The United States Department of Health and Human Services Office of Inspector General (“OIG”) on July 27, 2021 issued a report entitled “States’ Backlogs of Standard Surveys of Nursing Homes Grew Substantially During the COVID-19 Pandemic” in which it stated: “States’ backlogs grew substantially during the COVID-19 pandemic. Nationally, 71 percent of nursing homes (10,913 of 15,295) had gone at least 16 months [from February 1, 2020, through May 31, 2021] without a standard survey as of May 31, 2021. By State, the backlogs for standard surveys ranged from 22 percent [in New Mexico] to 96 percent [in Connecticut].”
State Survey agencies, on behalf of the CMS, are required conduct standard surveys of Medicare/Medicaid-certified nursing homes at least every 15 months to ensure that they meet Federal requirements. Standard surveys are comprehensive onsite inspections that evaluate the safety and quality of care provided by nursing homes. In March 2020, to protect public health and address other concerns associated with the Public Health Emergency (COVID-19), CMS suspended standard surveys in nursing homes to reduce surveyor time on site. CMS shifted oversight to infection control surveys, which are more limited in scope than the standard surveys. States also continued to conduct surveys for the most serious nursing home complaints while CMS suspended standard surveys. In August 2020, CMS authorized States to resume standard surveys “as soon as they have the resources (e.g., staff and/or Personal Protective Equipment) to do so.”
In OIG’s December 17, 2020 report entitle Onsite Surveys of Nursing Homes during the COVID-19 Pandemic: March 23 – May 30, 2020, the OIG found that States faced backlogs of standard surveys of nursing homes early in the COVID-19 pandemic, with 8 percent of nursing homes having gone at least 16 months without a standard survey as of June 2020.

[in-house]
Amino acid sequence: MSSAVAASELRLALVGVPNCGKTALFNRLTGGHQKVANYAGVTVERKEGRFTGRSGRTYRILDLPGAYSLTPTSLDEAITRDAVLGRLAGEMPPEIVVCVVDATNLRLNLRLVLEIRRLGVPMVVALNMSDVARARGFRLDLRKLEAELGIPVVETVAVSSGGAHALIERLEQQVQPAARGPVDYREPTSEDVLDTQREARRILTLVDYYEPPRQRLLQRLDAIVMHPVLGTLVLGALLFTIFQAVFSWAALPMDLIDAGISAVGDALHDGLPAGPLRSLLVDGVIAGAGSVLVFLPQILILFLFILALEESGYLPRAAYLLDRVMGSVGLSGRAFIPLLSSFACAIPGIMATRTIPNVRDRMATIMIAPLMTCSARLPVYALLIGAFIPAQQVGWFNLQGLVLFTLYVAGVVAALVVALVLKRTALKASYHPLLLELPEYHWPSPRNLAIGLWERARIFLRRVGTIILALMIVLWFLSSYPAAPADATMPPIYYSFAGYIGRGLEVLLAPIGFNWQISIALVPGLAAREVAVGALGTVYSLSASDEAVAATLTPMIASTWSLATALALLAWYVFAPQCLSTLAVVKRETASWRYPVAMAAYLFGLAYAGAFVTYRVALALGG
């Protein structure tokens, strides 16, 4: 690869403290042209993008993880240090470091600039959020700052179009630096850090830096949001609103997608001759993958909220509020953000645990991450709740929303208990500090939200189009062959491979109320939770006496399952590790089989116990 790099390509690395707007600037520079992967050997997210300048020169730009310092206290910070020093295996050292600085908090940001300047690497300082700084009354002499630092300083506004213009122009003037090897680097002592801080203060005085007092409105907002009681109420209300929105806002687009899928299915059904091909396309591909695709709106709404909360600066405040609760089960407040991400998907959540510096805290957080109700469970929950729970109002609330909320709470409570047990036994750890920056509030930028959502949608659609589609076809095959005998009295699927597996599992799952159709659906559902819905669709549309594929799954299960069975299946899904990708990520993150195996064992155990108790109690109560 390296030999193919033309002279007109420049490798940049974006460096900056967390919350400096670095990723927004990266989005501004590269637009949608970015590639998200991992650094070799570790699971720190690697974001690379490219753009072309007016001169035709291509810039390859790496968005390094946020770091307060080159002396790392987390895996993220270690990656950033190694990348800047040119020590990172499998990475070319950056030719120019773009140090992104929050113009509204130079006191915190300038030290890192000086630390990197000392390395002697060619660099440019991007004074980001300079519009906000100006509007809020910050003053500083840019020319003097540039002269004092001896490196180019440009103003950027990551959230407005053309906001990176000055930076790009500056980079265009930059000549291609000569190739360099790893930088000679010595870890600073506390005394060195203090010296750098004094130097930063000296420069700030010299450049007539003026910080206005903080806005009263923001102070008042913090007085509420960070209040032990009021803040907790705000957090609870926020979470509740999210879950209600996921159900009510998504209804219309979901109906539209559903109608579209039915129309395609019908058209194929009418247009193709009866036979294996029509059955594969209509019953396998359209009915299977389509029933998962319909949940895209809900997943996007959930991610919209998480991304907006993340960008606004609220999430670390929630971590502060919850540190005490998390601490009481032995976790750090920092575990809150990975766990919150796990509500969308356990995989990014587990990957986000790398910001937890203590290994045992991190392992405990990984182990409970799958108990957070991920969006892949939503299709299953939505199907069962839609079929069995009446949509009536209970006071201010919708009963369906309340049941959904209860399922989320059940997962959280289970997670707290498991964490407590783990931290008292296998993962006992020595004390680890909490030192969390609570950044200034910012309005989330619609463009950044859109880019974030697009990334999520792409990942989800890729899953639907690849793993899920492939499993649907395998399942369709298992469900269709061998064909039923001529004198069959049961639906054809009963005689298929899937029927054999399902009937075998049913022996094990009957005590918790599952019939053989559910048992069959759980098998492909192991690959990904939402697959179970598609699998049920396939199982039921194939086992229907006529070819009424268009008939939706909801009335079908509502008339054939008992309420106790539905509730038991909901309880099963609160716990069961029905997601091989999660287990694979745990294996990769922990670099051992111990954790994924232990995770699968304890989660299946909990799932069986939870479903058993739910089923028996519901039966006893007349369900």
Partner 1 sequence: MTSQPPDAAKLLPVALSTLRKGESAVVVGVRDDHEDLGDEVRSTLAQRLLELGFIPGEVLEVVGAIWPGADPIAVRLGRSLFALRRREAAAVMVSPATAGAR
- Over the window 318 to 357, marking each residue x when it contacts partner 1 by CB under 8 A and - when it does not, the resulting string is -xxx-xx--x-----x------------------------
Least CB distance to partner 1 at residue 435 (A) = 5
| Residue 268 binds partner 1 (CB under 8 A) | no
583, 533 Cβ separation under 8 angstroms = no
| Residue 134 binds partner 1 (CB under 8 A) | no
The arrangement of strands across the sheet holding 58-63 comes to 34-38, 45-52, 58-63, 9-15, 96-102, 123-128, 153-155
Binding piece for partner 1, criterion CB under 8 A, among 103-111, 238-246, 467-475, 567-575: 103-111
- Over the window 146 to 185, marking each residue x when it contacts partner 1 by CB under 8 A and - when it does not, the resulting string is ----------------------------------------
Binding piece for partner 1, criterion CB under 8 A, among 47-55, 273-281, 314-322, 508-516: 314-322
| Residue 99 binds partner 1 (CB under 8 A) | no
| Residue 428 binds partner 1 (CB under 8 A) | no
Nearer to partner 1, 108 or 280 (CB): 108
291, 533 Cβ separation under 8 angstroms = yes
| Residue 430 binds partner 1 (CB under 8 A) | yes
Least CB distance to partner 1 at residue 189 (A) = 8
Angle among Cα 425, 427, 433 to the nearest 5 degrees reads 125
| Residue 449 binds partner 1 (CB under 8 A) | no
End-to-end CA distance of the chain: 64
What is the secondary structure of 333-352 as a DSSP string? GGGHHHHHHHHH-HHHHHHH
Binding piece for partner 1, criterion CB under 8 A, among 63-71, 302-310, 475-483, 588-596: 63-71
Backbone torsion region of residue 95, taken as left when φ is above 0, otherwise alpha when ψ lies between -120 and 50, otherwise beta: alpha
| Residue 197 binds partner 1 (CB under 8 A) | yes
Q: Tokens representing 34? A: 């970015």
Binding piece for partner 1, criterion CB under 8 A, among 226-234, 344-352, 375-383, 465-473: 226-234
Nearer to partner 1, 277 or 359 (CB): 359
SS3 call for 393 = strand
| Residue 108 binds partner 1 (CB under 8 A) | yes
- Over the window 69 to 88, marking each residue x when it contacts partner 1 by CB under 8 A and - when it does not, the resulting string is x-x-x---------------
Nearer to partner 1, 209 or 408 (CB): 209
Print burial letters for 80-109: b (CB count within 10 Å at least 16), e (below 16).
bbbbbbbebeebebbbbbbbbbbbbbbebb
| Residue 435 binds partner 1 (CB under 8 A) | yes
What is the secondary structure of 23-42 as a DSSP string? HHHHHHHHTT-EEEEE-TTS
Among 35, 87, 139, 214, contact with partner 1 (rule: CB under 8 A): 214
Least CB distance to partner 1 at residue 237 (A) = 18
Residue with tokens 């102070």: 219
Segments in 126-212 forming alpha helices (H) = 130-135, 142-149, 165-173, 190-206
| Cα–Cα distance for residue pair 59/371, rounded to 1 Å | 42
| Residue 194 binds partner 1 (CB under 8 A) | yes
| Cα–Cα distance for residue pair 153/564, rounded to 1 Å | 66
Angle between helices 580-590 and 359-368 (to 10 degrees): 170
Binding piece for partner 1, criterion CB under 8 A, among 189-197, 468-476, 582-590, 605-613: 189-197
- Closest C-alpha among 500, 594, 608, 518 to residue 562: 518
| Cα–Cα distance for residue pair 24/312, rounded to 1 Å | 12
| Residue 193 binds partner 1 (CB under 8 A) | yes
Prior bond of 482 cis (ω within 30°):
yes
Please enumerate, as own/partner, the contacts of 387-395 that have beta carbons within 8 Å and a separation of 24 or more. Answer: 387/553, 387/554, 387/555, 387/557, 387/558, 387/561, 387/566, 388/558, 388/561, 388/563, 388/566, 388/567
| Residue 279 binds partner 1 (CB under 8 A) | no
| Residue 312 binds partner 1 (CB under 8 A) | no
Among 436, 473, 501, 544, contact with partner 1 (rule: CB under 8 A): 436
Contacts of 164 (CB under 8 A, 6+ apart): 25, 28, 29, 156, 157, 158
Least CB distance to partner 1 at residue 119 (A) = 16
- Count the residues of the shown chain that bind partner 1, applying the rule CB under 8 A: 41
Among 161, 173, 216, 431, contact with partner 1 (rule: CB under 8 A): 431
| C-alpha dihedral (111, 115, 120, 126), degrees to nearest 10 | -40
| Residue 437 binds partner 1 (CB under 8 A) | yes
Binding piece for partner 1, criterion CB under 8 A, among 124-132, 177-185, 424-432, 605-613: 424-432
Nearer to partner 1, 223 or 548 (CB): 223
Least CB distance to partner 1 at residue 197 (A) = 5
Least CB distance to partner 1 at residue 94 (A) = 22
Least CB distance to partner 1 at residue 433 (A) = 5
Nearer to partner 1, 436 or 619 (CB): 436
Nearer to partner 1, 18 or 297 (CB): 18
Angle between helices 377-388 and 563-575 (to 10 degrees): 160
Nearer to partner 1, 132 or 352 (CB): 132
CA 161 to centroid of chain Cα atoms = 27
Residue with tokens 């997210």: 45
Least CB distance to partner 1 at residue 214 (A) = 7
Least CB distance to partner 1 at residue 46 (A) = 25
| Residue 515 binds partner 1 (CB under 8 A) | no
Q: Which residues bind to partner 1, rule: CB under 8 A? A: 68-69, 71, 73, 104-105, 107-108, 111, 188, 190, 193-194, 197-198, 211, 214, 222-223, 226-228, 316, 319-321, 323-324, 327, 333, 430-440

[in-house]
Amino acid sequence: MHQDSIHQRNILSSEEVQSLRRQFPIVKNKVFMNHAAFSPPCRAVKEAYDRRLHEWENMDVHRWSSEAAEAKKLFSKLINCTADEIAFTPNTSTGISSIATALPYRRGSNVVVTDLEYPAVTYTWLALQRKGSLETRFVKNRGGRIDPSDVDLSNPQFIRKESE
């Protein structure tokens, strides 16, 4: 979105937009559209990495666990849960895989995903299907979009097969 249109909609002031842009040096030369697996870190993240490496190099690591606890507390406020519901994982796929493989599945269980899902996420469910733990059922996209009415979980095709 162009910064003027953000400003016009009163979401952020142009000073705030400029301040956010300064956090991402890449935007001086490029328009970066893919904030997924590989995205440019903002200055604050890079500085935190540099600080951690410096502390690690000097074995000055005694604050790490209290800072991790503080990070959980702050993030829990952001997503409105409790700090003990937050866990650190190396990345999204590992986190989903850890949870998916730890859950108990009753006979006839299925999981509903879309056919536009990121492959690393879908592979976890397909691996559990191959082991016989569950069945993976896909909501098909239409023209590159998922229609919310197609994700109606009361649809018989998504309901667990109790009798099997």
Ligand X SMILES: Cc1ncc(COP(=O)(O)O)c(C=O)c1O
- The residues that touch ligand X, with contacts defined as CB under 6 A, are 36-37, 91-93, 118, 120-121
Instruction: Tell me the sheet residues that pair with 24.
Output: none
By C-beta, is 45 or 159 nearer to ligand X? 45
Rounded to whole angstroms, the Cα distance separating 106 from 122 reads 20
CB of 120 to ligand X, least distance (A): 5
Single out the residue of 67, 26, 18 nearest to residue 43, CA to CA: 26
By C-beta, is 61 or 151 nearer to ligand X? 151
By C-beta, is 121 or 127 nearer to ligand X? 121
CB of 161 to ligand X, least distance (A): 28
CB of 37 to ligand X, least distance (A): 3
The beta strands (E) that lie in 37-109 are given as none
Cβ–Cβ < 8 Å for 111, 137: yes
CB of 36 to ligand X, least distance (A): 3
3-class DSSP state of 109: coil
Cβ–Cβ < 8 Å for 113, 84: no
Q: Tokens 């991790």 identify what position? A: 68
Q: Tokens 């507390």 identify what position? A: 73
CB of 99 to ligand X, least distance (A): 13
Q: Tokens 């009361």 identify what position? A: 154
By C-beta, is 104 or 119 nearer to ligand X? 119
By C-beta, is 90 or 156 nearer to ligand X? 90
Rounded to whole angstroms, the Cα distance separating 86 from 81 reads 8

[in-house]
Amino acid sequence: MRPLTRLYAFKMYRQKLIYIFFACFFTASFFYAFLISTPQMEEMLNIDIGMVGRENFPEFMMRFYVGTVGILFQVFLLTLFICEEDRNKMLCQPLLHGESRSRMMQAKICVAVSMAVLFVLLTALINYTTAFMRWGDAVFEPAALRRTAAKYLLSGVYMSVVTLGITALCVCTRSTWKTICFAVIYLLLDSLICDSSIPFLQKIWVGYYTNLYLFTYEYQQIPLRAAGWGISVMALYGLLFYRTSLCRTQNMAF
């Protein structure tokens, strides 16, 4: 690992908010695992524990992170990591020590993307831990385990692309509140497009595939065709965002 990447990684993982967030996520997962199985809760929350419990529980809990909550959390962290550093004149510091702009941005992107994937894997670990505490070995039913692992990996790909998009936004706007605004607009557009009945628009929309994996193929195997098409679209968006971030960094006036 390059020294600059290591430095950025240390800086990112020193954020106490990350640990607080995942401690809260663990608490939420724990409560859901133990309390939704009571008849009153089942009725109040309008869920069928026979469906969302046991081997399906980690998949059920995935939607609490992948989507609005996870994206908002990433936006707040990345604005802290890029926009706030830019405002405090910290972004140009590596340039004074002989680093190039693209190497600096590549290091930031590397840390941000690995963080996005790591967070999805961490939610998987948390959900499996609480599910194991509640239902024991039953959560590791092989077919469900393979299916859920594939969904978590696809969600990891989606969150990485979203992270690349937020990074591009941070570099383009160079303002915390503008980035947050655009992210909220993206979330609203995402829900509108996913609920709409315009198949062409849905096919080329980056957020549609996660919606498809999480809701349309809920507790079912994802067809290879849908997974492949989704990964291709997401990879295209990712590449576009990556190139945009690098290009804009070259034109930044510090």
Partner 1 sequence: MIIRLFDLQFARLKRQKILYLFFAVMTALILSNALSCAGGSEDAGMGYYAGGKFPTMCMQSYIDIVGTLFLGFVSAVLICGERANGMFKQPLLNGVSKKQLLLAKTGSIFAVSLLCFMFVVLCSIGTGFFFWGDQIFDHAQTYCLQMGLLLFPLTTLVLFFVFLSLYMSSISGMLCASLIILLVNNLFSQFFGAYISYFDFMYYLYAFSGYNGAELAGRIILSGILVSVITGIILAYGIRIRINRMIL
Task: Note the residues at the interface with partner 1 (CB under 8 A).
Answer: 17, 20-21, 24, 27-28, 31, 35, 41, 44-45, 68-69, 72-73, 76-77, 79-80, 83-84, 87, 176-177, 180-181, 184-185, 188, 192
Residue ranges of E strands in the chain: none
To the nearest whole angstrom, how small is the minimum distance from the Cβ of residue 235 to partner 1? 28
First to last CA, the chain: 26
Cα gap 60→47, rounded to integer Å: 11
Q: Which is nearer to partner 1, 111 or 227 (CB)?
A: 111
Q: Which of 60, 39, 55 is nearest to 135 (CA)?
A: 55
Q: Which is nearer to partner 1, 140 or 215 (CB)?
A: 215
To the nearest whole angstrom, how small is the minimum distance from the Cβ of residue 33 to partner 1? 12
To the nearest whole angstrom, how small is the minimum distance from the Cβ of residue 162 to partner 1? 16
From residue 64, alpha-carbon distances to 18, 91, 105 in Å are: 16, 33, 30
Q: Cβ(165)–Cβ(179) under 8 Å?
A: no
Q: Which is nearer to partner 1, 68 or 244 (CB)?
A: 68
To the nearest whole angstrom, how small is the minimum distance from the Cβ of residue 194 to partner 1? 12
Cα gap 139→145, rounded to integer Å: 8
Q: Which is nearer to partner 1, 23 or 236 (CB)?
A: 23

The OIG report concluded: “Backlogs of standard surveys of nursing homes need CMS’s attention. Our updated analysis underscores the importance and urgency of our previous recommendation to CMS to clarify expectations for States to complete backlogs of standard surveys, including by issuing guidance on prioritization of surveys and required timeframes to complete these backlogs. In its response to this recommendation in our report, issued in December 2020, CMS said it will continue working with States on how to address these backlogs. We encourage CMS to take the steps described above to implement this recommendation and help States provide needed oversight of nursing homes.”
If you or a loved one suffered injuries (or worse) while a resident of a nursing home in the United States due to nursing home neglect, nursing home negligence, nursing home abuse, a nursing home fall, or the nursing home failing to properly care for a vulnerable adult, you should promptly find a nursing home claim lawyer in your state who may investigate your nursing home claim for you and file a nursing home case on your behalf or behalf of your loved one, if appropriate.
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